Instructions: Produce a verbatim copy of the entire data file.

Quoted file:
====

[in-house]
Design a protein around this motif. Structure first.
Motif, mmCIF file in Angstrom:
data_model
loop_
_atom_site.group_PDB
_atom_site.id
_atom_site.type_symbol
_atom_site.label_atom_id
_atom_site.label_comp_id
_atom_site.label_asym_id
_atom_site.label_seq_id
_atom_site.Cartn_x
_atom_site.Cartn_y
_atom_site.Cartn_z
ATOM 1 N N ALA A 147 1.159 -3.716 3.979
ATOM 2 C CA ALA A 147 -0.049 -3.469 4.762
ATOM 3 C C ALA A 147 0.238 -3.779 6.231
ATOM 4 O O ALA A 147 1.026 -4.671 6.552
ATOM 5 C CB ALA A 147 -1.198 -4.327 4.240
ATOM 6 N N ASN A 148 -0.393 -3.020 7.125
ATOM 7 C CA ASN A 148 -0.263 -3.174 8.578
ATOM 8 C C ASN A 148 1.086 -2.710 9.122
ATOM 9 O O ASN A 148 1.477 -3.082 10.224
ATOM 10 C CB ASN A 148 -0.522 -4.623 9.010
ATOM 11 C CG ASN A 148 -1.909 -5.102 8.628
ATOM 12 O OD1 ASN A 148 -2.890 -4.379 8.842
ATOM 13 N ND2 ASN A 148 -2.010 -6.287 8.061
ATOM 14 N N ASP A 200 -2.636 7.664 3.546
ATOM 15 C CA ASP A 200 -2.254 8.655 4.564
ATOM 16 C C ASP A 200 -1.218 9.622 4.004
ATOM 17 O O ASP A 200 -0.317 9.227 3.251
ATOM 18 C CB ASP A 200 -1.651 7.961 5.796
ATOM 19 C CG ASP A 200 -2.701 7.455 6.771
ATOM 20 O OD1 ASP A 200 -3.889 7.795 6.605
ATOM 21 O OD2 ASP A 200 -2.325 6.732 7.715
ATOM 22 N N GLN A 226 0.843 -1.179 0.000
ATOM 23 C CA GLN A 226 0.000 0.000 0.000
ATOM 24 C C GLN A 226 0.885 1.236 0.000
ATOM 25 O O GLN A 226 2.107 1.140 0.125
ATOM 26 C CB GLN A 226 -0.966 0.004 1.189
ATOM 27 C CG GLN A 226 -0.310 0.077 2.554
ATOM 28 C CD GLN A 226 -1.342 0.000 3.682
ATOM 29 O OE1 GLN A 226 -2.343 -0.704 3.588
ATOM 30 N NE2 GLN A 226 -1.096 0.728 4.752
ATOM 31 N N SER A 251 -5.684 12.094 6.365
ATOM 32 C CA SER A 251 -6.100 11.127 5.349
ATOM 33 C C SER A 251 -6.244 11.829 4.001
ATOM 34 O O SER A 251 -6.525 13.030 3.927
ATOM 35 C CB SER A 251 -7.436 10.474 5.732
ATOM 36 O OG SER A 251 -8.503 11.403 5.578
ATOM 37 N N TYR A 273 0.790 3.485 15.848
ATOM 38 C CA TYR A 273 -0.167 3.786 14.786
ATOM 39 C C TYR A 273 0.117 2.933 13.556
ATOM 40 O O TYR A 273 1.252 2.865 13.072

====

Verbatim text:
[in-house]
Design a protein around this motif. Structure first.
Motif, mmCIF file in Angstrom:
data_model
loop_
_atom_site.group_PDB
_atom_site.id
_atom_site.type_symbol
_atom_site.label_atom_id
_atom_site.label_comp_id
_atom_site.label_asym_id
_atom_site.label_seq_id
_atom_site.Cartn_x
_atom_site.Cartn_y
_atom_site.Cartn_z
ATOM 1 N N ALA A 147 1.159 -3.716 3.979
ATOM 2 C CA ALA A 147 -0.049 -3.469 4.762
ATOM 3 C C ALA A 147 0.238 -3.779 6.231
ATOM 4 O O ALA A 147 1.026 -4.671 6.552
ATOM 5 C CB ALA A 147 -1.198 -4.327 4.240
ATOM 6 N N ASN A 148 -0.393 -3.020 7.125
ATOM 7 C CA ASN A 148 -0.263 -3.174 8.578
ATOM 8 C C ASN A 148 1.086 -2.710 9.122
ATOM 9 O O ASN A 148 1.477 -3.082 10.224
ATOM 10 C CB ASN A 148 -0.522 -4.623 9.010
ATOM 11 C CG ASN A 148 -1.909 -5.102 8.628
ATOM 12 O OD1 ASN A 148 -2.890 -4.379 8.842
ATOM 13 N ND2 ASN A 148 -2.010 -6.287 8.061
ATOM 14 N N ASP A 200 -2.636 7.664 3.546
ATOM 15 C CA ASP A 200 -2.254 8.655 4.564
ATOM 16 C C ASP A 200 -1.218 9.622 4.004
ATOM 17 O O ASP A 200 -0.317 9.227 3.251
ATOM 18 C CB ASP A 200 -1.651 7.961 5.796
ATOM 19 C CG ASP A 200 -2.701 7.455 6.771
ATOM 20 O OD1 ASP A 200 -3.889 7.795 6.605
ATOM 21 O OD2 ASP A 200 -2.325 6.732 7.715
ATOM 22 N N GLN A 226 0.843 -1.179 0.000
ATOM 23 C CA GLN A 226 0.000 0.000 0.000
ATOM 24 C C GLN A 226 0.885 1.236 0.000
ATOM 25 O O GLN A 226 2.107 1.140 0.125
ATOM 26 C CB GLN A 226 -0.966 0.004 1.189
ATOM 27 C CG GLN A 226 -0.310 0.077 2.554
ATOM 28 C CD GLN A 226 -1.342 0.000 3.682
ATOM 29 O OE1 GLN A 226 -2.343 -0.704 3.588
ATOM 30 N NE2 GLN A 226 -1.096 0.728 4.752
ATOM 31 N N SER A 251 -5.684 12.094 6.365
ATOM 32 C CA SER A 251 -6.100 11.127 5.349
ATOM 33 C C SER A 251 -6.244 11.829 4.001
ATOM 34 O O SER A 251 -6.525 13.030 3.927
ATOM 35 C CB SER A 251 -7.436 10.474 5.732
ATOM 36 O OG SER A 251 -8.503 11.403 5.578
ATOM 37 N N TYR A 273 0.790 3.485 15.848
ATOM 38 C CA TYR A 273 -0.167 3.786 14.786
ATOM 39 C C TYR A 273 0.117 2.933 13.556
ATOM 40 O O TYR A 273 1.252 2.865 13.072